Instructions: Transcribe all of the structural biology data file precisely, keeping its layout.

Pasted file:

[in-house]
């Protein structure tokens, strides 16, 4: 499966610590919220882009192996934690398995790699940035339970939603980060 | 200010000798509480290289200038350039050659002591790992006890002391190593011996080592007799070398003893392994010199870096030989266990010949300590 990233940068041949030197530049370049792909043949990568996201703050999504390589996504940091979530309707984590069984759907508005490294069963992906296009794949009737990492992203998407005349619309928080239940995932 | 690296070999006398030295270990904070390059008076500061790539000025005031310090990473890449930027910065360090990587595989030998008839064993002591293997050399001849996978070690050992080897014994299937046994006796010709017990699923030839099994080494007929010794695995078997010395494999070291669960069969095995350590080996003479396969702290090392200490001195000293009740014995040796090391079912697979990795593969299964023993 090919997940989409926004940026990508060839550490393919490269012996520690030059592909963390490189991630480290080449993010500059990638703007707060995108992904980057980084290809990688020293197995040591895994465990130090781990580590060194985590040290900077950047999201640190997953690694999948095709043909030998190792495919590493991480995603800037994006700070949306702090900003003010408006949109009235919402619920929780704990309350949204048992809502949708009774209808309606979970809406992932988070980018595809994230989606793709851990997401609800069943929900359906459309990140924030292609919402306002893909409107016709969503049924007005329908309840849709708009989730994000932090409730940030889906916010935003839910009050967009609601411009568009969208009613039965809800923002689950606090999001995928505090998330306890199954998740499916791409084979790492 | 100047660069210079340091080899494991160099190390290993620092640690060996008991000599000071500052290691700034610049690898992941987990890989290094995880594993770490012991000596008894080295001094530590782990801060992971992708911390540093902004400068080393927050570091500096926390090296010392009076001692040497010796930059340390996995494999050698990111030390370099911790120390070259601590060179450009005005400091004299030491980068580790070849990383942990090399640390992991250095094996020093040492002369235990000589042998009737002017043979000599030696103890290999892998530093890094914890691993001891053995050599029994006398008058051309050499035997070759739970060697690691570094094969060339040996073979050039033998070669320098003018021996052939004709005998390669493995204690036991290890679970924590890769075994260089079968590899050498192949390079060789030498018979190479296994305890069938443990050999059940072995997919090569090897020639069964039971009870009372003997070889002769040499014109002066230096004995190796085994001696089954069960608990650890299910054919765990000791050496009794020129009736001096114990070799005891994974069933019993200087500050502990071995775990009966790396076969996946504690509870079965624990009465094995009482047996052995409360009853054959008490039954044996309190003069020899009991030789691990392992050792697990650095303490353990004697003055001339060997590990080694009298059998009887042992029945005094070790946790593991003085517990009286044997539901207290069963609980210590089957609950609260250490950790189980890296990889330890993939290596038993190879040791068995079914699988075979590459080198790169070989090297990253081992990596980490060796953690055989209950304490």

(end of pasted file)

[in-house]
């Protein structure tokens, strides 16, 4: 499966610590919220882009192996934690398995790699940035339970939603980060 | 200010000798509480290289200038350039050659002591790992006890002391190593011996080592007799070398003893392994010199870096030989266990010949300590 990233940068041949030197530049370049792909043949990568996201703050999504390589996504940091979530309707984590069984759907508005490294069963992906296009794949009737990492992203998407005349619309928080239940995932 | 690296070999006398030295270990904070390059008076500061790539000025005031310090990473890449930027910065360090990587595989030998008839064993002591293997050399001849996978070690050992080897014994299937046994006796010709017990699923030839099994080494007929010794695995078997010395494999070291669960069969095995350590080996003479396969702290090392200490001195000293009740014995040796090391079912697979990795593969299964023993 090919997940989409926004940026990508060839550490393919490269012996520690030059592909963390490189991630480290080449993010500059990638703007707060995108992904980057980084290809990688020293197995040591895994465990130090781990580590060194985590040290900077950047999201640190997953690694999948095709043909030998190792495919590493991480995603800037994006700070949306702090900003003010408006949109009235919402619920929780704990309350949204048992809502949708009774209808309606979970809406992932988070980018595809994230989606793709851990997401609800069943929900359906459309990140924030292609919402306002893909409107016709969503049924007005329908309840849709708009989730994000932090409730940030889906916010935003839910009050967009609601411009568009969208009613039965809800923002689950606090999001995928505090998330306890199954998740499916791409084979790492 | 100047660069210079340091080899494991160099190390290993620092640690060996008991000599000071500052290691700034610049690898992941987990890989290094995880594993770490012991000596008894080295001094530590782990801060992971992708911390540093902004400068080393927050570091500096926390090296010392009076001692040497010796930059340390996995494999050698990111030390370099911790120390070259601590060179450009005005400091004299030491980068580790070849990383942990090399640390992991250095094996020093040492002369235990000589042998009737002017043979000599030696103890290999892998530093890094914890691993001891053995050599029994006398008058051309050499035997070759739970060697690691570094094969060339040996073979050039033998070669320098003018021996052939004709005998390669493995204690036991290890679970924590890769075994260089079968590899050498192949390079060789030498018979190479296994305890069938443990050999059940072995997919090569090897020639069964039971009870009372003997070889002769040499014109002066230096004995190796085994001696089954069960608990650890299910054919765990000791050496009794020129009736001096114990070799005891994974069933019993200087500050502990071995775990009966790396076969996946504690509870079965624990009465094995009482047996052995409360009853054959008490039954044996309190003069020899009991030789691990392992050792697990650095303490353990004697003055001339060997590990080694009298059998009887042992029945005094070790946790593991003085517990009286044997539901207290069963609980210590089957609950609260250490950790189980890296990889330890993939290596038993190879040791068995079914699988075979590459080198790169070989090297990253081992990596980490060796953690055989209950304490």